An image of a woman with short hair, looking up in concern.

I felt it the other day—that pang of worry cutting through my gut.

My first thought was to analyze the problem, turning it over in my mind, as though it were a hunk of meat roasting endlessly on a spit. But that approach has never worked for me. Instead, something obvious occurred to me. “Wait a minute. I tell other people that worry is nothing but a negative use of the imagination. Maybe I should follow my own advice and ask God for help.” So I did. I thought about the matter and then offered up a brief prayer. Before I knew it my anxiety had vanished.

But it doesn’t always work like that. Sometimes our worries are so strong they send us reeling headlong into a sea of fear, with the result that we begin uttering what I call “worry prayers.” This brand of praying may be better than no prayer at all, but it is often not a lot better. Why? Because it simply puts a spiritual façade on our worries. Here’s how such a “prayer” might sound: “Lord, help us! My husband lost his job.  When that happened last time, he got so depressed. We could hardly pay our bills. Now he’s older. It’s going to be impossible for him to find work if he’s depressed.  My job isn’t going well either. What if I get fired? What are we going to do?” And on and on it goes with never a pause to hear God’s voice and receive his help.

What if we began our prayers by doing something counter-intuitive.  Instead of focusing on our concerns, we could focus on God, on his omniscience, power, and faithfulness. We could do this by recalling specific ways God has helped us in the past or by reading stories and passages from the Bible that display his faithfulness in the midst of difficult circumstances. We could spend time thanking and praising him.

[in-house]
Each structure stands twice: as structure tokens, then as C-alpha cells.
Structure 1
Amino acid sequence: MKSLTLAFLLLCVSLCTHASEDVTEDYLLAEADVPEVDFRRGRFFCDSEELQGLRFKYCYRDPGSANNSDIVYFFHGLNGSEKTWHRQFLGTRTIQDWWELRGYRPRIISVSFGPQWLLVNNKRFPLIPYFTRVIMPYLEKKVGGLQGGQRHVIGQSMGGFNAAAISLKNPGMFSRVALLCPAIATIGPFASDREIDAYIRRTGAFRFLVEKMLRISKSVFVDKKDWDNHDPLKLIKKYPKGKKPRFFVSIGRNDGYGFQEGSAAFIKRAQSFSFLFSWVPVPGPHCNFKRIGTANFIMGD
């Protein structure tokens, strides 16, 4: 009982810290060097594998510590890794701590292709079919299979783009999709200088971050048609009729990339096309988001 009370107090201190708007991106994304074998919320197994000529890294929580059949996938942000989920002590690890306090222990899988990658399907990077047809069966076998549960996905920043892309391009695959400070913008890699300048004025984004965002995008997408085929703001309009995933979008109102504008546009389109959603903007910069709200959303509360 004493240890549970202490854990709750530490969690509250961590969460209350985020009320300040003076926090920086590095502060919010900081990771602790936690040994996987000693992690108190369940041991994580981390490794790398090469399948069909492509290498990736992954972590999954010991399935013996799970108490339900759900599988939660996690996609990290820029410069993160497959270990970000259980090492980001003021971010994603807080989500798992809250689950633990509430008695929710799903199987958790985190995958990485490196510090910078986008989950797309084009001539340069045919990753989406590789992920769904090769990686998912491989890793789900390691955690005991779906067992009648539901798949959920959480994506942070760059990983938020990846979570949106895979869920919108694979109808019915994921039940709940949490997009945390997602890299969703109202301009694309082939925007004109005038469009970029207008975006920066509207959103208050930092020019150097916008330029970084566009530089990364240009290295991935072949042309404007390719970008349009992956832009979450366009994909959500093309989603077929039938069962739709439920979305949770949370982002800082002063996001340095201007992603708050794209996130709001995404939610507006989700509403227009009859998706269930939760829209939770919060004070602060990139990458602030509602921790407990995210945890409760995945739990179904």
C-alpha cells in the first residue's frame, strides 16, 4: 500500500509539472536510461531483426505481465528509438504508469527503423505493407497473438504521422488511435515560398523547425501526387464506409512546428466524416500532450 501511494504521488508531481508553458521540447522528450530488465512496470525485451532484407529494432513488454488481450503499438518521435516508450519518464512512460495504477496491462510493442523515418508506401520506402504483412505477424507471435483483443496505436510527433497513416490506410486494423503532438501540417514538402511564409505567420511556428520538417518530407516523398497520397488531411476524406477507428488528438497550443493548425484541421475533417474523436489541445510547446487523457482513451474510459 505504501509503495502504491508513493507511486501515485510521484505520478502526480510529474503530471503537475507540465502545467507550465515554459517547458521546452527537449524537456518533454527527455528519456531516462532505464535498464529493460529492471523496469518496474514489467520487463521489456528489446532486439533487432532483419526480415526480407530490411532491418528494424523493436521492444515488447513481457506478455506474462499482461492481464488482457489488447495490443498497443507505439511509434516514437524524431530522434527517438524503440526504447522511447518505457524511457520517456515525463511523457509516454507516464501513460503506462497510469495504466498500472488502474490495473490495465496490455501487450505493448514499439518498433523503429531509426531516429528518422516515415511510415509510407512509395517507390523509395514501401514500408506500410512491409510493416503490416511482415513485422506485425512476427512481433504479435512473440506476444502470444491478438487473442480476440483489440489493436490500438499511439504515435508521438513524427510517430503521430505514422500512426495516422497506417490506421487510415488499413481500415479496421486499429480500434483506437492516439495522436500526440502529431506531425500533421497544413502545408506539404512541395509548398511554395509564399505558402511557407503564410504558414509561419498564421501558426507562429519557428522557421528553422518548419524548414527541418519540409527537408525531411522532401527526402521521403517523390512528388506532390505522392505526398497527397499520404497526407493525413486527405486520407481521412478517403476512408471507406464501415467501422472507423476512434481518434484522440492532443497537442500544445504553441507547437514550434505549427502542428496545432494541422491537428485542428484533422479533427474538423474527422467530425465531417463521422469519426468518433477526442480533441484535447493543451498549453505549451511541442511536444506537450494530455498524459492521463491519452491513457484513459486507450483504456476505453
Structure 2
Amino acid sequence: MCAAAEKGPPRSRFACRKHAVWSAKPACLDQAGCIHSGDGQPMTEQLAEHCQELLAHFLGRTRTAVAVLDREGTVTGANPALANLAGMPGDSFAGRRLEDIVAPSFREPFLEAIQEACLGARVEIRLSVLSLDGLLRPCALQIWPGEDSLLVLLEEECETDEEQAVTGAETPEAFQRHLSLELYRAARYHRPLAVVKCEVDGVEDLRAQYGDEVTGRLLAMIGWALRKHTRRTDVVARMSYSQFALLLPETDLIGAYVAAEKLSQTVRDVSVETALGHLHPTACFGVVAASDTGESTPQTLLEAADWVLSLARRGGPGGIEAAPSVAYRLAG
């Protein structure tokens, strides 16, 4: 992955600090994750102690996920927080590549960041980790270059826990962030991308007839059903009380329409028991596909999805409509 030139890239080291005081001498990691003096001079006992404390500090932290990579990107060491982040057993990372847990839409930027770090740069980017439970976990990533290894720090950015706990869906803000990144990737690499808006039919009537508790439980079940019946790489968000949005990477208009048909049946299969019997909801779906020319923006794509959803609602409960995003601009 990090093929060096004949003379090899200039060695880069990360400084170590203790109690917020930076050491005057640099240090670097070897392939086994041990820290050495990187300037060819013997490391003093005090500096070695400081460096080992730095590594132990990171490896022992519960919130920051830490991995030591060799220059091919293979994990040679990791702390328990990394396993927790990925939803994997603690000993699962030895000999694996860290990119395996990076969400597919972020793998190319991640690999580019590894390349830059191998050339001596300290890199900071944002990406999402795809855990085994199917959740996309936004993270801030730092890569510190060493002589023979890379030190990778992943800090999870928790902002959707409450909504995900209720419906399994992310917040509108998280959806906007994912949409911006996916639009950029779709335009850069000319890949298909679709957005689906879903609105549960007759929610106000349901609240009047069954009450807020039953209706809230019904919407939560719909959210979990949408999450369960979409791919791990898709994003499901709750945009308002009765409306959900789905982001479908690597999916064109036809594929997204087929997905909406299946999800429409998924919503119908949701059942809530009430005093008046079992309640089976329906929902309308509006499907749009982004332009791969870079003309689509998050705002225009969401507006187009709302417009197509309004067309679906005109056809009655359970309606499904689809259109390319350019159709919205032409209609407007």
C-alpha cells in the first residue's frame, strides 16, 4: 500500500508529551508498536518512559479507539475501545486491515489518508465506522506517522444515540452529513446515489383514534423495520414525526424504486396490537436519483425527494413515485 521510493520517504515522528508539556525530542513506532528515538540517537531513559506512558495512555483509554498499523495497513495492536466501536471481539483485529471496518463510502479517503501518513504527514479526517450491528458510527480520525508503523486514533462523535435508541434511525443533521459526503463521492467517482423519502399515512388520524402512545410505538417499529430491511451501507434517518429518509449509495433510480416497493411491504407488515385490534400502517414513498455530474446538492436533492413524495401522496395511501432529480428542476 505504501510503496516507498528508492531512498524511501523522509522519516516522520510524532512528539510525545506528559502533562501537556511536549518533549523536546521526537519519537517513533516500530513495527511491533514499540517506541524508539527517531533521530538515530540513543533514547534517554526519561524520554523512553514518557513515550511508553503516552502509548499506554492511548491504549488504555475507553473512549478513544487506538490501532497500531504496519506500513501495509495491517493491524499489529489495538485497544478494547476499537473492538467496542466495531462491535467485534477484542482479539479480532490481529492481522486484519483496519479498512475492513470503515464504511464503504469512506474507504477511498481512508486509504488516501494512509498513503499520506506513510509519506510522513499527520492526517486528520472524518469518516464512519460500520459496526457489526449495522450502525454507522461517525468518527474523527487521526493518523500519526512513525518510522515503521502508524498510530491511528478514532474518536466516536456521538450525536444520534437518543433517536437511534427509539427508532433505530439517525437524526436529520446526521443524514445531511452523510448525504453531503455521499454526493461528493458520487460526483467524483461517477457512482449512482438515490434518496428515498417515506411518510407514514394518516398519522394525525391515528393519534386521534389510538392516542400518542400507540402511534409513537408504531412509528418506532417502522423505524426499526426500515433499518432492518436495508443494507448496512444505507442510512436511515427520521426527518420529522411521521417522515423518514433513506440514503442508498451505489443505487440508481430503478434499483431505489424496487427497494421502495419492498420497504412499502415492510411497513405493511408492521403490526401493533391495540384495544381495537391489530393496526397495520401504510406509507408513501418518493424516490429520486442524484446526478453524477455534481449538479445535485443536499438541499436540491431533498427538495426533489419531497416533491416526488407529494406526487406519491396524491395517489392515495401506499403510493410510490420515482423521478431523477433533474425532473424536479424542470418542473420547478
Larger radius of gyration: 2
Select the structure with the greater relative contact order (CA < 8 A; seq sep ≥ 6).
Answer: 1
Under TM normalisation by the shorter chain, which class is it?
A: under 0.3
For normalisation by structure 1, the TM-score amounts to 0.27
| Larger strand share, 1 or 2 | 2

Worry is a contagion that can quickly spread from one human being to the next. But it can never spread from us to God because God never worries. Instead, the reverse can happen with his calm coming to characterize our lives as we learn to enter his presence and lean on his understanding rather than our own.

The next time you are tempted to let worry control you, don’t take the easy path by giving into it. As you turn to God, resist the temptation to pray a lot of long prayers, explaining everything that’s wrong to a God who already knows what you’re facing. Be honest about what’s troubling you but don’t get stuck there. Turn to God so that he can be gracious to you.





Originally published June 14, 2018.